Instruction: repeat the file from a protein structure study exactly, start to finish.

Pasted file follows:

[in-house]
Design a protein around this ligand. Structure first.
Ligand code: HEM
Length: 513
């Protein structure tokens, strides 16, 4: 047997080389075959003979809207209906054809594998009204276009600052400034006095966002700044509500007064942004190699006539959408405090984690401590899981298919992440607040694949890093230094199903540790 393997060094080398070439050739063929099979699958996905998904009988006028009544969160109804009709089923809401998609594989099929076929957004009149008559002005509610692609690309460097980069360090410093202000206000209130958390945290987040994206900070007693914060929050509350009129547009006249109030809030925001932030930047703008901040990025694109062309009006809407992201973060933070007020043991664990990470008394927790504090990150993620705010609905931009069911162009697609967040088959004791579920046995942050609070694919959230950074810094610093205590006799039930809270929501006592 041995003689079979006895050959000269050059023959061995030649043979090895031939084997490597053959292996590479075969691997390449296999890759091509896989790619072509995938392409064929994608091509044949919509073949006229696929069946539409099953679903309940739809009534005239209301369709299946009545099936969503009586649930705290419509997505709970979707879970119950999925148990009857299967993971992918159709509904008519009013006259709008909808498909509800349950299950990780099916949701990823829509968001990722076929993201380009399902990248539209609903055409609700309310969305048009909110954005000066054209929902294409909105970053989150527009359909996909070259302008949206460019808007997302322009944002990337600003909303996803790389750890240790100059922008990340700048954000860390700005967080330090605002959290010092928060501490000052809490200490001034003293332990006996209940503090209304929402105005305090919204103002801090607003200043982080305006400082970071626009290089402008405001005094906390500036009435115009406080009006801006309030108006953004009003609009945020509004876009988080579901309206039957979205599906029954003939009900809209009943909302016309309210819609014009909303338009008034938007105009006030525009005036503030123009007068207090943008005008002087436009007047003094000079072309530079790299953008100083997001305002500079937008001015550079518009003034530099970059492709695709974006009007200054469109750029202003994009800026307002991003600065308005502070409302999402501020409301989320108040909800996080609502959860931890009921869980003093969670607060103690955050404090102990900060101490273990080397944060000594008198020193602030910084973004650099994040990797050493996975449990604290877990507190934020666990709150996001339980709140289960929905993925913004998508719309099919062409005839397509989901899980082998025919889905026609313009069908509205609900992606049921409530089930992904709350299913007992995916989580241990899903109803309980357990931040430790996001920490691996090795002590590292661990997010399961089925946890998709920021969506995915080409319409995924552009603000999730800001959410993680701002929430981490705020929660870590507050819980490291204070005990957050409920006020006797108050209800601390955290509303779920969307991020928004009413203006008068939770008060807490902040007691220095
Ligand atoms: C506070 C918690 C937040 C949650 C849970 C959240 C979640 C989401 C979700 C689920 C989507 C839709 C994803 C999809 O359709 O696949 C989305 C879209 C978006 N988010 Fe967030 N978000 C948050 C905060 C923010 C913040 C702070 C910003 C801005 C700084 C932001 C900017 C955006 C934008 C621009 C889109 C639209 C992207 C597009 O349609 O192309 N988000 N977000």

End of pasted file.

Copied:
[in-house]
Design a protein around this ligand. Structure first.
Ligand code: HEM
Length: 513
């Protein structure tokens, strides 16, 4: 047997080389075959003979809207209906054809594998009204276009600052400034006095966002700044509500007064942004190699006539959408405090984690401590899981298919992440607040694949890093230094199903540790 393997060094080398070439050739063929099979699958996905998904009988006028009544969160109804009709089923809401998609594989099929076929957004009149008559002005509610692609690309460097980069360090410093202000206000209130958390945290987040994206900070007693914060929050509350009129547009006249109030809030925001932030930047703008901040990025694109062309009006809407992201973060933070007020043991664990990470008394927790504090990150993620705010609905931009069911162009697609967040088959004791579920046995942050609070694919959230950074810094610093205590006799039930809270929501006592 041995003689079979006895050959000269050059023959061995030649043979090895031939084997490597053959292996590479075969691997390449296999890759091509896989790619072509995938392409064929994608091509044949919509073949006229696929069946539409099953679903309940739809009534005239209301369709299946009545099936969503009586649930705290419509997505709970979707879970119950999925148990009857299967993971992918159709509904008519009013006259709008909808498909509800349950299950990780099916949701990823829509968001990722076929993201380009399902990248539209609903055409609700309310969305048009909110954005000066054209929902294409909105970053989150527009359909996909070259302008949206460019808007997302322009944002990337600003909303996803790389750890240790100059922008990340700048954000860390700005967080330090605002959290010092928060501490000052809490200490001034003293332990006996209940503090209304929402105005305090919204103002801090607003200043982080305006400082970071626009290089402008405001005094906390500036009435115009406080009006801006309030108006953004009003609009945020509004876009988080579901309206039957979205599906029954003939009900809209009943909302016309309210819609014009909303338009008034938007105009006030525009005036503030123009007068207090943008005008002087436009007047003094000079072309530079790299953008100083997001305002500079937008001015550079518009003034530099970059492709695709974006009007200054469109750029202003994009800026307002991003600065308005502070409302999402501020409301989320108040909800996080609502959860931890009921869980003093969670607060103690955050404090102990900060101490273990080397944060000594008198020193602030910084973004650099994040990797050493996975449990604290877990507190934020666990709150996001339980709140289960929905993925913004998508719309099919062409005839397509989901899980082998025919889905026609313009069908509205609900992606049921409530089930992904709350299913007992995916989580241990899903109803309980357990931040430790996001920490691996090795002590590292661990997010399961089925946890998709920021969506995915080409319409995924552009603000999730800001959410993680701002929430981490705020929660870590507050819980490291204070005990957050409920006020006797108050209800601390955290509303779920969307991020928004009413203006008068939770008060807490902040007691220095
Ligand atoms: C506070 C918690 C937040 C949650 C849970 C959240 C979640 C989401 C979700 C689920 C989507 C839709 C994803 C999809 O359709 O696949 C989305 C879209 C978006 N988010 Fe967030 N978000 C948050 C905060 C923010 C913040 C702070 C910003 C801005 C700084 C932001 C900017 C955006 C934008 C621009 C889109 C639209 C992207 C597009 O349609 O192309 N988000 N977000």